AEFL Week Virtual Celebration

The Teaching and Learning and the Science groups met yesterday to highlight and celebrate sharing student success stories and positive changes in our programs from the past year! 

We would like to share the Listen Up for Literacy & Justice initiative. This initiative, a project of the Literacy Assistance Center, invites adult literacy education students and graduates in New York to contribute their stories to this collection. The goal is to amplify adult student voices to share their experiences and ideas with each other and to inform education programs and policymakers.

In addition, here is the STRENGTHENING ADULT LITERACY EDUCATION: Results from the NYC Pilot Project Fiscal Year 2022.  This report was funded by the New York City Council and supported by the New York City Department of Youth & Community Development (DYCD) as part of the NYC Adult Literacy Pilot Project. *The conclusions and recommendations of this report reflect the views of the LAC and do not reflect the official policy or position of any city entity.


These are incredible initiatives. The pilot project really highlights common struggles that programs face in providing learners what they need. I found the graph of how pilot funds were spent very interesting. It would be interesting to see if other major cities see potential in the recommendations.

The Listen Up for Literacy and Justice is simply amazing. I've already listened to three of the stories. I like that they are not too long and that the two questions are set up as different chapters. I will definitely integrate these into my classroom. My learners love hearing from other adult education students. It would be incredible to see this kind of project in every state. Have you seen instructors use this story collection in their classroom? What was the learner response?


Thank you for taking the time to explore students' Listen Up stories! My name is Uma T. Mohanty, and I’m part of the team at the Literacy Assistance Center in NYC that has developed the Listen Up project. Instructors and students have engaged with the stories project in a range of ways. In the past, we have visited classrooms to introduce the Listen Up project and work with students directly. We have run similar Listen Up sessions over Zoom with small groups of students where we guide them through the process of developing and sharing their stories and then recording them to the online platform. Several instructors have worked independently to integrate the project in their classes. The project requires some logistical steps and a moderate level of comfort speaking in English, being audio-recorded, and having their story be made public (although some are anonymous). We have found that students are interested in hearing each other’s stories and those who do contribute their stories are really excited and motivated to share about who they are and how adult literacy education has impacted their lives.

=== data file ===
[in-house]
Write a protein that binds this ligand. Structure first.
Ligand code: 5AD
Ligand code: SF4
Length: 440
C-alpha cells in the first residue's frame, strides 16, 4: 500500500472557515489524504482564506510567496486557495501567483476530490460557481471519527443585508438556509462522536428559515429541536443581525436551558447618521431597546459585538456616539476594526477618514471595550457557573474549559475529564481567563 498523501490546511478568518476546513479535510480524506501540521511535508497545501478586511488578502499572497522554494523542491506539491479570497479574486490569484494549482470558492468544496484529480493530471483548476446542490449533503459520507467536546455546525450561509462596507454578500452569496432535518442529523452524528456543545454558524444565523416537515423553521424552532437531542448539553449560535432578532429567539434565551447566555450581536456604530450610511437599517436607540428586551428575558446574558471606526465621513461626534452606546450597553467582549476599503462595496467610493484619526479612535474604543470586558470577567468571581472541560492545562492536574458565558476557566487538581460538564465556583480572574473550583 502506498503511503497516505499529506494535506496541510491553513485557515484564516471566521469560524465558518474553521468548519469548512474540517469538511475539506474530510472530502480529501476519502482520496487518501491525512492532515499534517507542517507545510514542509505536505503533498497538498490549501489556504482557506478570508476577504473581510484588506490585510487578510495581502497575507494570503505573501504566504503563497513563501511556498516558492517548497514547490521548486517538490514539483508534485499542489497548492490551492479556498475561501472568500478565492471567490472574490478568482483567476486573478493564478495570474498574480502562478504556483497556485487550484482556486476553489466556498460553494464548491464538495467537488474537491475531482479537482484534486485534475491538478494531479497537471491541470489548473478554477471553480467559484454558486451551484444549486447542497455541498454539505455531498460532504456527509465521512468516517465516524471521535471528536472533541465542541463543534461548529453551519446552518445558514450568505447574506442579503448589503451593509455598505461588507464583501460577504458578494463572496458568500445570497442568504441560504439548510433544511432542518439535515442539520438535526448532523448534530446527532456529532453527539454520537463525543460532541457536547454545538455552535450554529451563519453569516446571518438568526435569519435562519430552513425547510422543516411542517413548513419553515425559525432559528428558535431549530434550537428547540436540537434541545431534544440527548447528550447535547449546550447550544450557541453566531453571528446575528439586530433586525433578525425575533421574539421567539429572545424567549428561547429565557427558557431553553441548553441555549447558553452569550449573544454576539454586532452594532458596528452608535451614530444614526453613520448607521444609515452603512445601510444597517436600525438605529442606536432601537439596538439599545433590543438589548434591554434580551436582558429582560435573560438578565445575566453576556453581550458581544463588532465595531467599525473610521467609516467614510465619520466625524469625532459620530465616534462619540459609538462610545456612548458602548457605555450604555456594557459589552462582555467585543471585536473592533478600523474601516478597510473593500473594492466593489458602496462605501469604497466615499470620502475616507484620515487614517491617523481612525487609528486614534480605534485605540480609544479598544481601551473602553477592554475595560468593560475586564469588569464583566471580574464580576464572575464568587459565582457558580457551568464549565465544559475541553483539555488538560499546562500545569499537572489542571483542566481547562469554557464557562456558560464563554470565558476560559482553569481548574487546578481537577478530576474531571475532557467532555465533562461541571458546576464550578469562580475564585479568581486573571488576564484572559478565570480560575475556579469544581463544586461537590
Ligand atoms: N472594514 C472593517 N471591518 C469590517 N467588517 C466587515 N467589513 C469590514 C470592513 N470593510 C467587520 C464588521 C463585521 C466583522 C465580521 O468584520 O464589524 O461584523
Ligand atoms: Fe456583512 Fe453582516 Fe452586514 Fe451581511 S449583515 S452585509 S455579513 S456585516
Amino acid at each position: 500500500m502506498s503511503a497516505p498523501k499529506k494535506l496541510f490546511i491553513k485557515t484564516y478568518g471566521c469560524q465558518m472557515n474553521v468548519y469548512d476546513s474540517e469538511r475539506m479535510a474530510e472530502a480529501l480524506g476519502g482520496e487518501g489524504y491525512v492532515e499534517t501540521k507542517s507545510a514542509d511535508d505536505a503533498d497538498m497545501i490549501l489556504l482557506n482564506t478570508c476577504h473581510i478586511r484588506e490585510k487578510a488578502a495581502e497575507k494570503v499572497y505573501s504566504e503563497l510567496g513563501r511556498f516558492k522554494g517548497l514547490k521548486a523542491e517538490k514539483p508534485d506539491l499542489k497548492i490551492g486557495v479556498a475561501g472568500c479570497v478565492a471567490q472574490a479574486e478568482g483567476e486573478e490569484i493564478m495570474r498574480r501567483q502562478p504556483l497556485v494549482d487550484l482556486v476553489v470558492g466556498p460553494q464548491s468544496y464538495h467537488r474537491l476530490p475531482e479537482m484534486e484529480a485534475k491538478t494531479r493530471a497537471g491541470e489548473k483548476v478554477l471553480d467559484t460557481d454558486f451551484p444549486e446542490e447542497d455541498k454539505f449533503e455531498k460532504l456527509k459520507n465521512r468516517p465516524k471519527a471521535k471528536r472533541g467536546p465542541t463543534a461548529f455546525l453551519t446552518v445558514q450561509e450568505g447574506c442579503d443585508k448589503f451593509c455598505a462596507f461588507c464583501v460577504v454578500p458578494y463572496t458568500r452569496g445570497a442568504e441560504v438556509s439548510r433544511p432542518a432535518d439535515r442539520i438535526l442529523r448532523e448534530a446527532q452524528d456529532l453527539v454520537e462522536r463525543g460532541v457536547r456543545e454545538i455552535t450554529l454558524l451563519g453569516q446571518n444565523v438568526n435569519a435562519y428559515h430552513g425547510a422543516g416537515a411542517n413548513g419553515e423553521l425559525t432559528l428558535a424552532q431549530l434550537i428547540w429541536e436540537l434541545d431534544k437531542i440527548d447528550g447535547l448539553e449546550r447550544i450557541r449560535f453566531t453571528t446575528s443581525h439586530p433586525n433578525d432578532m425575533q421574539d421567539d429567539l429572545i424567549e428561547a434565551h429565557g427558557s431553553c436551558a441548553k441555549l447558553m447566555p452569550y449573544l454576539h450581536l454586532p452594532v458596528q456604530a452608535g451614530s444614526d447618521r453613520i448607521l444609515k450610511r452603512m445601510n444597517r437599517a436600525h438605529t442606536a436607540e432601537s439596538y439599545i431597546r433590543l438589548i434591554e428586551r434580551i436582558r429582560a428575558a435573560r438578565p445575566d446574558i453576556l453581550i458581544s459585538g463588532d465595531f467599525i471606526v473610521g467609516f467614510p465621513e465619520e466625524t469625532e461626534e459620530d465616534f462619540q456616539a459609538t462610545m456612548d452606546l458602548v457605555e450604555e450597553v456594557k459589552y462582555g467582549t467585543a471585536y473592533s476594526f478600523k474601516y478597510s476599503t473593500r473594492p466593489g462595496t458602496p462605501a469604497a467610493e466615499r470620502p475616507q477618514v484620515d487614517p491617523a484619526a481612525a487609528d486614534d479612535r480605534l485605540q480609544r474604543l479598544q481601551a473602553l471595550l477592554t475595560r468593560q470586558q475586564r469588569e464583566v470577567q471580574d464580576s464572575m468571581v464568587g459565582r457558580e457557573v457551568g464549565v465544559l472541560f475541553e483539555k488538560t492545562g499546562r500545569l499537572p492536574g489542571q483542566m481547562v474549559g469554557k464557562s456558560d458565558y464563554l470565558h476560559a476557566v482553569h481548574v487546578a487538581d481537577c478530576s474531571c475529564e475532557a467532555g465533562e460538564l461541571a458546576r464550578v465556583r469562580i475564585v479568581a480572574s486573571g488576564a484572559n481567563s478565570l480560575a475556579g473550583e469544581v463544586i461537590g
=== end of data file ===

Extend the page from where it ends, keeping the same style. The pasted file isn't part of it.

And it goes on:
We also asked programs from the NYC Pilot Project to identify a couple students from their programs to participate in Listen Up. Those students worked with instructors within their program to develop and record their stories. While it requires some work on the part of instructors, we would love to see more programs take on the Listen Up project in their own classrooms as part of lessons on digital storytelling, personal narrative, or social justice (to name a few ideas). 

Practicing the questions in pairs or small groups or turning them into writing prompts for students are great ways for them to get comfortable with the questions before recording and to practice other skills. The process of creating a log in, recording, and uploading photos for their story can be valuable for practicing digital skills. The collection can also be a good resource just to listen to the stories in a class, for students to practice comprehension, discussion, and sharing their own experiences.

Listen Up is an opportunity for students to share their experiences and hear from peers, develop a broader sense of community/solidarity among adult education students, and be part of a public project where their stories are valued and shared widely. The hope is that students feel ownership over their stories, are able to connect with other adult education learners, and gain new insights and skills through this process of self-reflection. We’re also sharing the stories as part of advocacy efforts. Right now, Listen Up is only collecting stories from students in NY, but the collection of stories can be shared anywhere and other cities/states could develop something similar. If you have questions or want to learn more about how we set this project up, please contact me at Thank you.